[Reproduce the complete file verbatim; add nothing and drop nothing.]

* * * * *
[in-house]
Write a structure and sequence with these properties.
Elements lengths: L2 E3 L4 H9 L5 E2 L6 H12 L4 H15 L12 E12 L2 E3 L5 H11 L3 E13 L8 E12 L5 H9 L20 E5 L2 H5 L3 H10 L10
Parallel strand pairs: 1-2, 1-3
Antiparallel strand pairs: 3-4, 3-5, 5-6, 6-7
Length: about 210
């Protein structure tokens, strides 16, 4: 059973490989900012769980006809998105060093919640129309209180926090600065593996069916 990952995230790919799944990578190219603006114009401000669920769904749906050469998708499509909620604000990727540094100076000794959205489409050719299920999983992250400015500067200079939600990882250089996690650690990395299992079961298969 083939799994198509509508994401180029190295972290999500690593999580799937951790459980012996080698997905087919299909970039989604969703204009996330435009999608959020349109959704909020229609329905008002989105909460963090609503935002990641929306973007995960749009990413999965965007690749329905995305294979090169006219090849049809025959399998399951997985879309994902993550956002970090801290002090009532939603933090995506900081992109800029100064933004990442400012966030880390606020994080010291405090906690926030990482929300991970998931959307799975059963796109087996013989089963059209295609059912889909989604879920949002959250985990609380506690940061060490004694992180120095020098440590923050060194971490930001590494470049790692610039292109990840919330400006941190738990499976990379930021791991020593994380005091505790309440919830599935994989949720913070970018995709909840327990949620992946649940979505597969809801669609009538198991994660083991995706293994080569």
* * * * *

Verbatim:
[in-house]
Write a structure and sequence with these properties.
Elements lengths: L2 E3 L4 H9 L5 E2 L6 H12 L4 H15 L12 E12 L2 E3 L5 H11 L3 E13 L8 E12 L5 H9 L20 E5 L2 H5 L3 H10 L10
Parallel strand pairs: 1-2, 1-3
Antiparallel strand pairs: 3-4, 3-5, 5-6, 6-7
Length: about 210
């Protein structure tokens, strides 16, 4: 059973490989900012769980006809998105060093919640129309209180926090600065593996069916 990952995230790919799944990578190219603006114009401000669920769904749906050469998708499509909620604000990727540094100076000794959205489409050719299920999983992250400015500067200079939600990882250089996690650690990395299992079961298969 083939799994198509509508994401180029190295972290999500690593999580799937951790459980012996080698997905087919299909970039989604969703204009996330435009999608959020349109959704909020229609329905008002989105909460963090609503935002990641929306973007995960749009990413999965965007690749329905995305294979090169006219090849049809025959399998399951997985879309994902993550956002970090801290002090009532939603933090995506900081992109800029100064933004990442400012966030880390606020994080010291405090906690926030990482929300991970998931959307799975059963796109087996013989089963059209295609059912889909989604879920949002959250985990609380506690940061060490004694992180120095020098440590923050060194971490930001590494470049790692610039292109990840919330400006941190738990499976990379930021791991020593994380005091505790309440919830599935994989949720913070970018995709909840327990949620992946649940979505597969809801669609009538198991994660083991995706293994080569």